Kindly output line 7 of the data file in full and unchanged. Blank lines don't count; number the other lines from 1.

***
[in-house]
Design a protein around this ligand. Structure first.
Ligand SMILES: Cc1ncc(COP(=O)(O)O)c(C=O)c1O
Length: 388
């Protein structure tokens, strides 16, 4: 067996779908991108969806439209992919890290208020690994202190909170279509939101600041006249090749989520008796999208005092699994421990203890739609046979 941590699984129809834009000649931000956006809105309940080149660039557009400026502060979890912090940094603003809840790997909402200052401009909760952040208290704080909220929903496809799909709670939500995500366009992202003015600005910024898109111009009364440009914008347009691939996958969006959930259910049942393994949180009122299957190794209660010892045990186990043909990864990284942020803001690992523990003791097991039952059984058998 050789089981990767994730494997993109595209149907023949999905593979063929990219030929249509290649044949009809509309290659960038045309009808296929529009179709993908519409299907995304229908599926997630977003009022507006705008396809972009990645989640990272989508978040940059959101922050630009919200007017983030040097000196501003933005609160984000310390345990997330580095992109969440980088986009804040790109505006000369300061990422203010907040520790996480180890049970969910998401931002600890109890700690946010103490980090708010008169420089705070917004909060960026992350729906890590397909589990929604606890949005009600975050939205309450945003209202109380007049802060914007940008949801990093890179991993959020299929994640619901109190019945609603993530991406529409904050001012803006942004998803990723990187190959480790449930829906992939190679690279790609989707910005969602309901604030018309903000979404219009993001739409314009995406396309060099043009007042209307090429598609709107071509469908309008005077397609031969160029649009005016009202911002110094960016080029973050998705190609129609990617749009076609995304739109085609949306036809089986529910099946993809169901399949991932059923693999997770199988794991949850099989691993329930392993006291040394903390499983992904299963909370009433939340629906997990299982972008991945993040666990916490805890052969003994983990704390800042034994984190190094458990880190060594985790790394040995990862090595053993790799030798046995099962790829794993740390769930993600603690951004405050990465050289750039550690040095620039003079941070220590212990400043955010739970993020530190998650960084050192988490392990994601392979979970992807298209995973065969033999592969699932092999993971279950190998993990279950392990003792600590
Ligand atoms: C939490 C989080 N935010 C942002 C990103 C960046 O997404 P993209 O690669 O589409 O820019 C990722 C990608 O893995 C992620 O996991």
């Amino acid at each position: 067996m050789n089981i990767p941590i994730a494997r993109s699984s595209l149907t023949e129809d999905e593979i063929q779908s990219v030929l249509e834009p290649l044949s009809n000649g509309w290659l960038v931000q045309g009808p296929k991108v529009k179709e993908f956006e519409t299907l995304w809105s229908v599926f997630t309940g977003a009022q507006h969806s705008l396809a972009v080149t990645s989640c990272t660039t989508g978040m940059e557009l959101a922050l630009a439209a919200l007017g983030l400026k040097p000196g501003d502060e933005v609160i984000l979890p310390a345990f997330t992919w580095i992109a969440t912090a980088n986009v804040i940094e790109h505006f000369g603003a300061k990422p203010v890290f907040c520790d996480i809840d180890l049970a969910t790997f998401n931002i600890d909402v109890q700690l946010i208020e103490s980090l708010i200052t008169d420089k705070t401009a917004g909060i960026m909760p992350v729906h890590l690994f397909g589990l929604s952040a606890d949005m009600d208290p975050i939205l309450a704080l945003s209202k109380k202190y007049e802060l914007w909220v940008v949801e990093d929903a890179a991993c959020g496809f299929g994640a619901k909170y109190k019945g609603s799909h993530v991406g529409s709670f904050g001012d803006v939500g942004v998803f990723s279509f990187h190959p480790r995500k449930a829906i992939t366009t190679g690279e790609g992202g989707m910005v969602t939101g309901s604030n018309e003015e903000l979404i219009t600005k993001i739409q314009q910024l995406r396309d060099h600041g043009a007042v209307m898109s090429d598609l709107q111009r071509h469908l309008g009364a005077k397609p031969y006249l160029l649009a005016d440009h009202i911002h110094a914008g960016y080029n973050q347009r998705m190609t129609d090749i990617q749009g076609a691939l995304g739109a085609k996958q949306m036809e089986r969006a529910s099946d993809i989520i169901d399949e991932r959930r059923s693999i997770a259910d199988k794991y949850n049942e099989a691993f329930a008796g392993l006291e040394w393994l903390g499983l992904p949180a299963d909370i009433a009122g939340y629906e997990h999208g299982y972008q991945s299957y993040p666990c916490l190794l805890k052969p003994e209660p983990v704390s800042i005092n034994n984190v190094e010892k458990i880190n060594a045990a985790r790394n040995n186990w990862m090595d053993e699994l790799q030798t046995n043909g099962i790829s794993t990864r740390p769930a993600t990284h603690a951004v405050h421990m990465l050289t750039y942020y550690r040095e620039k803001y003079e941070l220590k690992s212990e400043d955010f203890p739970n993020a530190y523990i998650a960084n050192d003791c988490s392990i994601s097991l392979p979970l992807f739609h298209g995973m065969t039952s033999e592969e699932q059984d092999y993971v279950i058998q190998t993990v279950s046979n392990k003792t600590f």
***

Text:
């Amino acid at each position: 067996m050789n089981i990767p941590i994730a494997r993109s699984s595209l149907t023949e129809d999905e593979i063929q779908s990219v030929l249509e834009p290649l044949s009809n000649g509309w290659l960038v931000q045309g009808p296929k991108v529009k179709e993908f956006e519409t299907l995304w809105s229908v599926f997630t309940g977003a009022q507006h969806s705008l396809a972009v080149t990645s989640c990272t660039t989508g978040m940059e557009l959101a922050l630009a439209a919200l007017g983030l400026k040097p000196g501003d502060e933005v609160i984000l979890p310390a345990f997330t992919w580095i992109a969440t912090a980088n986009v804040i940094e790109h505006f000369g603003a300061k990422p203010v890290f907040c520790d996480i809840d180890l049970a969910t790997f998401n931002i600890d909402v109890q700690l946010i208020e103490s980090l708010i200052t008169d420089k705070t401009a917004g909060i960026m909760p992350v729906h890590l690994f397909g589990l929604s952040a606890d949005m009600d208290p975050i939205l309450a704080l945003s209202k109380k202190y007049e802060l914007w909220v940008v949801e990093d929903a890179a991993c959020g496809f299929g994640a619901k909170y109190k019945g609603s799909h993530v991406g529409s709670f904050g001012d803006v939500g942004v998803f990723s279509f990187h190959p480790r995500k449930a829906i992939t366009t190679g690279e790609g992202g989707m910005v969602t939101g309901s604030n018309e003015e903000l979404i219009t600005k993001i739409q314009q910024l995406r396309d060099h600041g043009a007042v209307m898109s090429d598609l709107q111009r071509h469908l309008g009364a005077k397609p031969y006249l160029l649009a005016d440009h009202i911002h110094a914008g960016y080029n973050q347009r998705m190609t129609d090749i990617q749009g076609a691939l995304g739109a085609k996958q949306m036809e089986r969006a529910s099946d993809i989520i169901d399949e991932r959930r059923s693999i997770a259910d199988k794991y949850n049942e099989a691993f329930a008796g392993l006291e040394w393994l903390g499983l992904p949180a299963d909370i009433a009122g939340y629906e997990h999208g299982y972008q991945s299957y993040p666990c916490l190794l805890k052969p003994e209660p983990v704390s800042i005092n034994n984190v190094e010892k458990i880190n060594a045990a985790r790394n040995n186990w990862m090595d053993e699994l790799q030798t046995n043909g099962i790829s794993t990864r740390p769930a993600t990284h603690a951004v405050h421990m990465l050289t750039y942020y550690r040095e620039k803001y003079e941070l220590k690992s212990e400043d955010f203890p739970n993020a530190y523990i998650a960084n050192d003791c988490s392990i994601s097991l392979p979970l992807f739609h298209g995973m065969t039952s033999e592969e699932q059984d092999y993971v279950i058998q190998t993990v279950s046979n392990k003792t600590f």